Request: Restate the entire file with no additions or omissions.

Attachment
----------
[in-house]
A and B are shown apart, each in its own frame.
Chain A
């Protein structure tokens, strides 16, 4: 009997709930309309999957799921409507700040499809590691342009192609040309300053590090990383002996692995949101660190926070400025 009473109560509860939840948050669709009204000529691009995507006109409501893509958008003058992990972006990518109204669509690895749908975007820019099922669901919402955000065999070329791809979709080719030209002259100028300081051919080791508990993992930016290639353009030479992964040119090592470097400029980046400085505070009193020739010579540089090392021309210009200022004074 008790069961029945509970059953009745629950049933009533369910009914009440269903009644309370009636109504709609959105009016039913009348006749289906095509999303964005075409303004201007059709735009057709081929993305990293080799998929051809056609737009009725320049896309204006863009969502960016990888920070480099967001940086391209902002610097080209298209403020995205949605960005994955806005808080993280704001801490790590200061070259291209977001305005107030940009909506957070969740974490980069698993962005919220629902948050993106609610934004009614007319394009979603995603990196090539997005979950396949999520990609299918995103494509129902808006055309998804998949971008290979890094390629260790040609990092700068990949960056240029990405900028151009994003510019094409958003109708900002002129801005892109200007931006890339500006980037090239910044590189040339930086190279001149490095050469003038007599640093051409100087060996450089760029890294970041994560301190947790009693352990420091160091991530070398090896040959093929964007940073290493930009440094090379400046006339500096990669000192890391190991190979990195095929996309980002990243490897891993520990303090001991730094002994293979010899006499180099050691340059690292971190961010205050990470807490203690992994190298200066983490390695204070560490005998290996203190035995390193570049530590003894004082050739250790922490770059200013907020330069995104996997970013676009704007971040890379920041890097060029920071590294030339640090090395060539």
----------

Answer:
[in-house]
A and B are shown apart, each in its own frame.
Chain A
């Protein structure tokens, strides 16, 4: 009997709930309309999957799921409507700040499809590691342009192609040309300053590090990383002996692995949101660190926070400025 009473109560509860939840948050669709009204000529691009995507006109409501893509958008003058992990972006990518109204669509690895749908975007820019099922669901919402955000065999070329791809979709080719030209002259100028300081051919080791508990993992930016290639353009030479992964040119090592470097400029980046400085505070009193020739010579540089090392021309210009200022004074 008790069961029945509970059953009745629950049933009533369910009914009440269903009644309370009636109504709609959105009016039913009348006749289906095509999303964005075409303004201007059709735009057709081929993305990293080799998929051809056609737009009725320049896309204006863009969502960016990888920070480099967001940086391209902002610097080209298209403020995205949605960005994955806005808080993280704001801490790590200061070259291209977001305005107030940009909506957070969740974490980069698993962005919220629902948050993106609610934004009614007319394009979603995603990196090539997005979950396949999520990609299918995103494509129902808006055309998804998949971008290979890094390629260790040609990092700068990949960056240029990405900028151009994003510019094409958003109708900002002129801005892109200007931006890339500006980037090239910044590189040339930086190279001149490095050469003038007599640093051409100087060996450089760029890294970041994560301190947790009693352990420091160091991530070398090896040959093929964007940073290493930009440094090379400046006339500096990669000192890391190991190979990195095929996309980002990243490897891993520990303090001991730094002994293979010899006499180099050691340059690292971190961010205050990470807490203690992994190298200066983490390695204070560490005998290996203190035995390193570049530590003894004082050739250790922490770059200013907020330069995104996997970013676009704007971040890379920041890097060029920071590294030339640090090395060539």